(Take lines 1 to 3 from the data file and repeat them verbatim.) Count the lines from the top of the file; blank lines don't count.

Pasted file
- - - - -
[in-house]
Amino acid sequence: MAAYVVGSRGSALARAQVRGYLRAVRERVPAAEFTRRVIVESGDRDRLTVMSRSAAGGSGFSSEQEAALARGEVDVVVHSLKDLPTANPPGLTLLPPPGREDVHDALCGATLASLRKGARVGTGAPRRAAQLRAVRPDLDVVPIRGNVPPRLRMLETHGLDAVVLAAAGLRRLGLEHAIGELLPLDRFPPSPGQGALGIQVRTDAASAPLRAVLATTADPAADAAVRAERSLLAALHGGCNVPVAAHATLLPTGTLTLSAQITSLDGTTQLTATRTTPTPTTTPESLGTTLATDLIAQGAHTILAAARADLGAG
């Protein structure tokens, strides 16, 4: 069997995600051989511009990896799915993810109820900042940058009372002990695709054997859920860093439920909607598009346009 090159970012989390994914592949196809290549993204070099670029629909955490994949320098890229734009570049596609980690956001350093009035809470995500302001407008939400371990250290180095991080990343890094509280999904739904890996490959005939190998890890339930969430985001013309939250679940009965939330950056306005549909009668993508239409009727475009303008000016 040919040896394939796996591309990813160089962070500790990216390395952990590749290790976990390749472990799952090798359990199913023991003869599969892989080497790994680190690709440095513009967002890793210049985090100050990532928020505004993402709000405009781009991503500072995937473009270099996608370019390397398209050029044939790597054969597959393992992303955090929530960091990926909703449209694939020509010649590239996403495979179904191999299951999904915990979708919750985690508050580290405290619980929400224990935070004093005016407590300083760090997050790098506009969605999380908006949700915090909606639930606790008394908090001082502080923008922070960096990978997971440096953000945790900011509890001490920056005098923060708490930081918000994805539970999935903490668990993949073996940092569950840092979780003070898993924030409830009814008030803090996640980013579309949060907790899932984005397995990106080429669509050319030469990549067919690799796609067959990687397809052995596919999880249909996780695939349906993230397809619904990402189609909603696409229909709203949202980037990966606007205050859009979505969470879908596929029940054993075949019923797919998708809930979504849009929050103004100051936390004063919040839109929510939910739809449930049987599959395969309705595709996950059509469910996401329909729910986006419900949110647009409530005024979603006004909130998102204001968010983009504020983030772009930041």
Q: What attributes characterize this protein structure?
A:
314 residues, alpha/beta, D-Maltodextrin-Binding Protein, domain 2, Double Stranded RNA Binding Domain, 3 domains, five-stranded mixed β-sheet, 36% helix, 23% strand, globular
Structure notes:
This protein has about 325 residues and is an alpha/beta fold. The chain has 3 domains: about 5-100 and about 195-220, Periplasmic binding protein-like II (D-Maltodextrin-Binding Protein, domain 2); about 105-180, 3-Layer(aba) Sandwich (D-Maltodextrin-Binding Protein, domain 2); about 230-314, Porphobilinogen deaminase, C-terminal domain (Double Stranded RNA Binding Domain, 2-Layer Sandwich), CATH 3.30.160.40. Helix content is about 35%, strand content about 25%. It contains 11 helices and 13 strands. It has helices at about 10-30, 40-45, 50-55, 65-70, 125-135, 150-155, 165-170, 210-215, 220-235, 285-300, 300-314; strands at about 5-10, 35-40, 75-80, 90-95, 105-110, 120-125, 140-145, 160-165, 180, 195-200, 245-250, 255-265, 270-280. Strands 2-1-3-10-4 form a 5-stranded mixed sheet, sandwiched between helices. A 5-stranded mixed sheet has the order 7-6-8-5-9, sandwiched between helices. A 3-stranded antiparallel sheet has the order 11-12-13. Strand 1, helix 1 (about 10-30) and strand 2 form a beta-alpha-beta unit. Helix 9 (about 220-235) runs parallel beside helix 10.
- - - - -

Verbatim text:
[in-house]
Amino acid sequence: MAAYVVGSRGSALARAQVRGYLRAVRERVPAAEFTRRVIVESGDRDRLTVMSRSAAGGSGFSSEQEAALARGEVDVVVHSLKDLPTANPPGLTLLPPPGREDVHDALCGATLASLRKGARVGTGAPRRAAQLRAVRPDLDVVPIRGNVPPRLRMLETHGLDAVVLAAAGLRRLGLEHAIGELLPLDRFPPSPGQGALGIQVRTDAASAPLRAVLATTADPAADAAVRAERSLLAALHGGCNVPVAAHATLLPTGTLTLSAQITSLDGTTQLTATRTTPTPTTTPESLGTTLATDLIAQGAHTILAAARADLGAG
């Protein structure tokens, strides 16, 4: 069997995600051989511009990896799915993810109820900042940058009372002990695709054997859920860093439920909607598009346009 090159970012989390994914592949196809290549993204070099670029629909955490994949320098890229734009570049596609980690956001350093009035809470995500302001407008939400371990250290180095991080990343890094509280999904739904890996490959005939190998890890339930969430985001013309939250679940009965939330950056306005549909009668993508239409009727475009303008000016 040919040896394939796996591309990813160089962070500790990216390395952990590749290790976990390749472990799952090798359990199913023991003869599969892989080497790994680190690709440095513009967002890793210049985090100050990532928020505004993402709000405009781009991503500072995937473009270099996608370019390397398209050029044939790597054969597959393992992303955090929530960091990926909703449209694939020509010649590239996403495979179904191999299951999904915990979708919750985690508050580290405290619980929400224990935070004093005016407590300083760090997050790098506009969605999380908006949700915090909606639930606790008394908090001082502080923008922070960096990978997971440096953000945790900011509890001490920056005098923060708490930081918000994805539970999935903490668990993949073996940092569950840092979780003070898993924030409830009814008030803090996640980013579309949060907790899932984005397995990106080429669509050319030469990549067919690799796609067959990687397809052995596919999880249909996780695939349906993230397809619904990402189609909603696409229909709203949202980037990966606007205050859009979505969470879908596929029940054993075949019923797919998708809930979504849009929050103004100051936390004063919040839109929510939910739809449930049987599959395969309705595709996950059509469910996401329909729910986006419900949110647009409530005024979603006004909130998102204001968010983009504020983030772009930041």